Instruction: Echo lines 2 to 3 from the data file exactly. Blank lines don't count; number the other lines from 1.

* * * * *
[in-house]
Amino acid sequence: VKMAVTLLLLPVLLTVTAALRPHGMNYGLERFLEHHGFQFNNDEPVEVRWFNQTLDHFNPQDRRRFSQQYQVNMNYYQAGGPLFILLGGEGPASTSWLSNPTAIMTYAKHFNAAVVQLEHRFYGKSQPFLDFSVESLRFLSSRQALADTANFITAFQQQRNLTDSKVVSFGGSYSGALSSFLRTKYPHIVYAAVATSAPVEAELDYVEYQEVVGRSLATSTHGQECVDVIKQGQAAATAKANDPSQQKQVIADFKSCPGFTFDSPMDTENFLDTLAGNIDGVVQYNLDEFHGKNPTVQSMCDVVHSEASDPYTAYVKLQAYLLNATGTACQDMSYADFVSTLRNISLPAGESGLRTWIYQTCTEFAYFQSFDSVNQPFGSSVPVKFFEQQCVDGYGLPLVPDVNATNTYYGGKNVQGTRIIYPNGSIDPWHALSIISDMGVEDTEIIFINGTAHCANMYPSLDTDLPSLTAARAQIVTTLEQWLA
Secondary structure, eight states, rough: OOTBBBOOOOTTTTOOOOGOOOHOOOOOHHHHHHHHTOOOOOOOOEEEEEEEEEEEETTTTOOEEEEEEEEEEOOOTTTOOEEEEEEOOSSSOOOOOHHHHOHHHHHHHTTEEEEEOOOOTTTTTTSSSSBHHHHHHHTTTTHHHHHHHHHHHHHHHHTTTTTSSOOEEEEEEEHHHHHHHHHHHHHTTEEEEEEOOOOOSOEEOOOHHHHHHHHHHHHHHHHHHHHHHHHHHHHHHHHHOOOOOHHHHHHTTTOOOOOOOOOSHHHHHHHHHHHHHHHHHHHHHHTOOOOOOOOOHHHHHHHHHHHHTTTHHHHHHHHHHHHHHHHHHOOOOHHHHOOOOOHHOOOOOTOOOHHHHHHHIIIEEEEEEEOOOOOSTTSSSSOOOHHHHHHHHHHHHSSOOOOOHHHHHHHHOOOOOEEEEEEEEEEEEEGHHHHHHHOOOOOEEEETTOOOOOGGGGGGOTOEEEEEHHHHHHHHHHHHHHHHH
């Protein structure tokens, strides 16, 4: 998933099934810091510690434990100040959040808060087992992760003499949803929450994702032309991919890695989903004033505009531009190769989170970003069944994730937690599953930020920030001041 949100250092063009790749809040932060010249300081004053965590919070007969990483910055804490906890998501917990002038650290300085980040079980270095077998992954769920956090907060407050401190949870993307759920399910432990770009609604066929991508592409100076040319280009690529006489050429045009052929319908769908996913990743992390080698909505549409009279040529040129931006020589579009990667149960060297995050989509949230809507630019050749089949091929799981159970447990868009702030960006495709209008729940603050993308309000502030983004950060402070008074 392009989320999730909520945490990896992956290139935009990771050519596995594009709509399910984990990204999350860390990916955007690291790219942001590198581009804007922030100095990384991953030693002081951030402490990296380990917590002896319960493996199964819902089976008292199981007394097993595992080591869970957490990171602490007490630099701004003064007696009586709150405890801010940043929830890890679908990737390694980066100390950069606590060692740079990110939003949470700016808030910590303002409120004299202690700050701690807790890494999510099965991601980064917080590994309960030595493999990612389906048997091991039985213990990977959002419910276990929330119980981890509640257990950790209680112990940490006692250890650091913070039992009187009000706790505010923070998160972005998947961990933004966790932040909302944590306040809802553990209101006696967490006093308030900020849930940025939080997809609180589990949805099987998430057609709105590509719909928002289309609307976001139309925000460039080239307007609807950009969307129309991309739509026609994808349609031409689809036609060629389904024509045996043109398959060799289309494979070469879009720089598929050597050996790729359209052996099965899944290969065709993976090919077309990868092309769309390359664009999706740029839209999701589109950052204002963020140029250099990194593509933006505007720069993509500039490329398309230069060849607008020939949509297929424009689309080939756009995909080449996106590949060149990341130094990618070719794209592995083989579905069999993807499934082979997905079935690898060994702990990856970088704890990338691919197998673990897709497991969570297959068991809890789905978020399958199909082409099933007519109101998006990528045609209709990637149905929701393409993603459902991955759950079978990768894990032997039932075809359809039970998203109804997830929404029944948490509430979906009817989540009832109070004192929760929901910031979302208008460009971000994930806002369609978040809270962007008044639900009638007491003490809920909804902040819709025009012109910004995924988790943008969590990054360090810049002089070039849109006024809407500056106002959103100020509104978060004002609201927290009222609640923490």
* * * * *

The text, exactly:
Amino acid sequence: VKMAVTLLLLPVLLTVTAALRPHGMNYGLERFLEHHGFQFNNDEPVEVRWFNQTLDHFNPQDRRRFSQQYQVNMNYYQAGGPLFILLGGEGPASTSWLSNPTAIMTYAKHFNAAVVQLEHRFYGKSQPFLDFSVESLRFLSSRQALADTANFITAFQQQRNLTDSKVVSFGGSYSGALSSFLRTKYPHIVYAAVATSAPVEAELDYVEYQEVVGRSLATSTHGQECVDVIKQGQAAATAKANDPSQQKQVIADFKSCPGFTFDSPMDTENFLDTLAGNIDGVVQYNLDEFHGKNPTVQSMCDVVHSEASDPYTAYVKLQAYLLNATGTACQDMSYADFVSTLRNISLPAGESGLRTWIYQTCTEFAYFQSFDSVNQPFGSSVPVKFFEQQCVDGYGLPLVPDVNATNTYYGGKNVQGTRIIYPNGSIDPWHALSIISDMGVEDTEIIFINGTAHCANMYPSLDTDLPSLTAARAQIVTTLEQWLA
Secondary structure, eight states, rough: OOTBBBOOOOTTTTOOOOGOOOHOOOOOHHHHHHHHTOOOOOOOOEEEEEEEEEEEETTTTOOEEEEEEEEEEOOOTTTOOEEEEEEOOSSSOOOOOHHHHOHHHHHHHTTEEEEEOOOOTTTTTTSSSSBHHHHHHHTTTTHHHHHHHHHHHHHHHHTTTTTSSOOEEEEEEEHHHHHHHHHHHHHTTEEEEEEOOOOOSOEEOOOHHHHHHHHHHHHHHHHHHHHHHHHHHHHHHHHHOOOOOHHHHHHTTTOOOOOOOOOSHHHHHHHHHHHHHHHHHHHHHHTOOOOOOOOOHHHHHHHHHHHHTTTHHHHHHHHHHHHHHHHHHOOOOHHHHOOOOOHHOOOOOTOOOHHHHHHHIIIEEEEEEEOOOOOSTTSSSSOOOHHHHHHHHHHHHSSOOOOOHHHHHHHHOOOOOEEEEEEEEEEEEEGHHHHHHHOOOOOEEEETTOOOOOGGGGGGOTOEEEEEHHHHHHHHHHHHHHHHH